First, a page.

What are the advantages of drilling a countersink rather than just trying to force the screw head past the plane of the wood?
What are situations when you would or would not countersink?
(that is, wood grain murder)
Driving a screw into a hole that isn't counter-sunk will have a very small point of contact, which exerts brutal sheer forces and tears the wood grain apart. Hammering in a nail is pretty much the only thing you could do worse.
A counter-sunk screw, on the other hand, has a large contact surface to a cleanly-cut wood funnel, and the resulting direction of the force is mostly downwards (where you want it to be):
Forcing in the screw brutally murders the grain and reduces the wood's stability. Also, if you look close enough, you'll notice that it looks like rubbish:
By comparison, the counter-sunk piece of wood looks a lot healthier on the inside, even when doing a hustle job with a cheap sinker like I did here (and the exterior appearance is much better, too):
Very often, the difference will not matter too much since both screw and wood will withstand 10 times as much as you are planning for anyway. But it might just make the difference between an intact piece and a broken one.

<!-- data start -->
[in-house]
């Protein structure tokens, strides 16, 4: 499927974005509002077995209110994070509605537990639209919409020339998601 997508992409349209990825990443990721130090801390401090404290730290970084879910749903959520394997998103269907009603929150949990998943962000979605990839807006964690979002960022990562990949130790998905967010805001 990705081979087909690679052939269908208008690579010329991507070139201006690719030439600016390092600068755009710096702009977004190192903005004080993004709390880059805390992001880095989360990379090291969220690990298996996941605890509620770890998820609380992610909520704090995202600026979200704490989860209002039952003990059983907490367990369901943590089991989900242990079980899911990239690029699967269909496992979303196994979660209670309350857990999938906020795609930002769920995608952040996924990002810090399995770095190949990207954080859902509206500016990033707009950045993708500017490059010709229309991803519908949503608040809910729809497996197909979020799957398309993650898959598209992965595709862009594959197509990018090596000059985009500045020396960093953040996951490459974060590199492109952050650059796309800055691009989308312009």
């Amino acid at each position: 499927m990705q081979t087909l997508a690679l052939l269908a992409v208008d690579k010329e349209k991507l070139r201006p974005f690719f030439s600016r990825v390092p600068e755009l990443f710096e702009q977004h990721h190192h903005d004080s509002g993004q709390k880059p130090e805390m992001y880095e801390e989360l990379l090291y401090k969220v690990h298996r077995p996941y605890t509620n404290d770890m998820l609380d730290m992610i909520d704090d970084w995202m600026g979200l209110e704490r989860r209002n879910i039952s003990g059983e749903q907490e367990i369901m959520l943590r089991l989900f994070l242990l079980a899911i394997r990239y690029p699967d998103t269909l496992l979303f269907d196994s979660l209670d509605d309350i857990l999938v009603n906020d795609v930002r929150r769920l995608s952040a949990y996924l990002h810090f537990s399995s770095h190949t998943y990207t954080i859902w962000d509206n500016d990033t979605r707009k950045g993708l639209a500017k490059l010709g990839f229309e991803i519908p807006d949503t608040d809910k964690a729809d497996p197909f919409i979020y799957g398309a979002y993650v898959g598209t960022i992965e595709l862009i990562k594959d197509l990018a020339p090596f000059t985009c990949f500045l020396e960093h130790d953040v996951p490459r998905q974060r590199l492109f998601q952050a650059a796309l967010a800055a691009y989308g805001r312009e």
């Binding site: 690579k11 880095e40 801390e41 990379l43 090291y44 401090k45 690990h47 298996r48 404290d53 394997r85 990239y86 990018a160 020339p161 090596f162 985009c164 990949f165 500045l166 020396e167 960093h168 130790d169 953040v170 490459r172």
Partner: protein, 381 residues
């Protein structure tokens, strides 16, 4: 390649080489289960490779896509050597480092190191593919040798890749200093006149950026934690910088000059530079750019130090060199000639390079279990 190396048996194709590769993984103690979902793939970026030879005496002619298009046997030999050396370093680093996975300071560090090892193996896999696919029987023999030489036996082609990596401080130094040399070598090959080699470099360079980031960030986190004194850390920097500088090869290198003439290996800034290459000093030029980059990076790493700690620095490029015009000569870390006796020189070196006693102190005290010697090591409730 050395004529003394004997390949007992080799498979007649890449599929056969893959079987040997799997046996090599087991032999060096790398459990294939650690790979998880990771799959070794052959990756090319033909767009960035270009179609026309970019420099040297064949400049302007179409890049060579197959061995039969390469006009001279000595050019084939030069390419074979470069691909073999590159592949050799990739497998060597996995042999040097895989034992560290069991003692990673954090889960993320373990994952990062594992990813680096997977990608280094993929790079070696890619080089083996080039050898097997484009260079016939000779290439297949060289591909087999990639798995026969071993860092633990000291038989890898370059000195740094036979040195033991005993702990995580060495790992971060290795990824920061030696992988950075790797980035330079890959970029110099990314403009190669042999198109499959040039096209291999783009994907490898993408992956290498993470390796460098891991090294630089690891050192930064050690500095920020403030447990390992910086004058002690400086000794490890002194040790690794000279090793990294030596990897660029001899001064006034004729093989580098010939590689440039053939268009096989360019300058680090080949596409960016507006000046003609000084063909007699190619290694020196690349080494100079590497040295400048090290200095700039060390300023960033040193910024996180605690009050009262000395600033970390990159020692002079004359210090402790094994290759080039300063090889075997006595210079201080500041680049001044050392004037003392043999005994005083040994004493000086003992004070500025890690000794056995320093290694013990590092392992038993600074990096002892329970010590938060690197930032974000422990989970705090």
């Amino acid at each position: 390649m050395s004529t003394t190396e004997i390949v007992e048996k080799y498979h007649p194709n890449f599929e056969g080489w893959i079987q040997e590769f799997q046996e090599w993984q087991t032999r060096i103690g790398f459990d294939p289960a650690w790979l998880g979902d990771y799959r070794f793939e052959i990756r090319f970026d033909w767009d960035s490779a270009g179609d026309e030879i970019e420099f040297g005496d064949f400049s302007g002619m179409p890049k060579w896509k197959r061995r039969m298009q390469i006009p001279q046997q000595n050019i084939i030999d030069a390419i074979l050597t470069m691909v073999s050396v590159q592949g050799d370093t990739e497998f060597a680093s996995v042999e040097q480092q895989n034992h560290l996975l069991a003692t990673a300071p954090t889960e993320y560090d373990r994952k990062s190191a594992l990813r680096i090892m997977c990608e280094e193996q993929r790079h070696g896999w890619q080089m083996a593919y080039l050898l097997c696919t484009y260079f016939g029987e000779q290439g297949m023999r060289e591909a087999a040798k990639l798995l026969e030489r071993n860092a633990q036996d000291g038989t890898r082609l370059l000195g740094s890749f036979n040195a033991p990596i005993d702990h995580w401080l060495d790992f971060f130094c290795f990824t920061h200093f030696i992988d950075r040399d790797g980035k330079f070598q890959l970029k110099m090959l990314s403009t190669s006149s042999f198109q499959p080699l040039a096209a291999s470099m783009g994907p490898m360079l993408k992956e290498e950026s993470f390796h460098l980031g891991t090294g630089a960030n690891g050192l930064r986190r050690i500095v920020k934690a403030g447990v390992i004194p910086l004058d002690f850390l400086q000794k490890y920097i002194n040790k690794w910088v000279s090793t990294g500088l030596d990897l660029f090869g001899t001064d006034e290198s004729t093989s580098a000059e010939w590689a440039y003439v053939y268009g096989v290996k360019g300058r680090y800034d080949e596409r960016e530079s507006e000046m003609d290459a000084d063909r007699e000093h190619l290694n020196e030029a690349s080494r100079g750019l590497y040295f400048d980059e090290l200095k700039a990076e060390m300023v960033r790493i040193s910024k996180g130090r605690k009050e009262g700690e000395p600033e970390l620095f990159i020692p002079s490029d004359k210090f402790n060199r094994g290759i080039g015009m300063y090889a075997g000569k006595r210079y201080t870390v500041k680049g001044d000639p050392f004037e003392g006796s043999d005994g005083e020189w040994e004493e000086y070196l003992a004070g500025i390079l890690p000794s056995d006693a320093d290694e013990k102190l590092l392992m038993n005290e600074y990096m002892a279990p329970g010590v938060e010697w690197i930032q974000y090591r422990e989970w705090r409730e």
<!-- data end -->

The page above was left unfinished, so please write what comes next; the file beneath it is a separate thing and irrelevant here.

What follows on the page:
Also, it's a bit a matter of principle, too: You needlessly weaken the internal structure when you really don't need to (it really only takes 2 seconds and a 0.99 tool).
Of course, for a quality work piece where you really mean it, you would rather use a 3-lobe HSS piece (which is in the ca. 25.00 range rather than 0.99) in a column drill. That's yet an entirely different ballpark of quality. But even a cheap hand-operated counter-sinker is an order of magnitude better than forcing the screws.
You can buy countersink bits for your drill or hand-driven countersinks.
Countersinking helps you set all the screws to a consistent depth without any danger of splitting or denting the wood. The countersink provides a crisp circle around the screw head.
As Matt mentioned in his comment, you can buy self-countersinking screws which ream out some of the wood around the head as you set the screw. I've used some self-countersinking deck screws and still managed to split a few 2x4s.
If you have a deep enough countersink, you can also put plugs over the screw holes to cover up the screw heads.
If I want something to look nice or if I'm trying to use shorter screws than I should, I countersink.
If I'm just whipping something together or if I'm feeling lazy and don't want to chuck up one of my countersink bits into a drill, I don't use a countersink.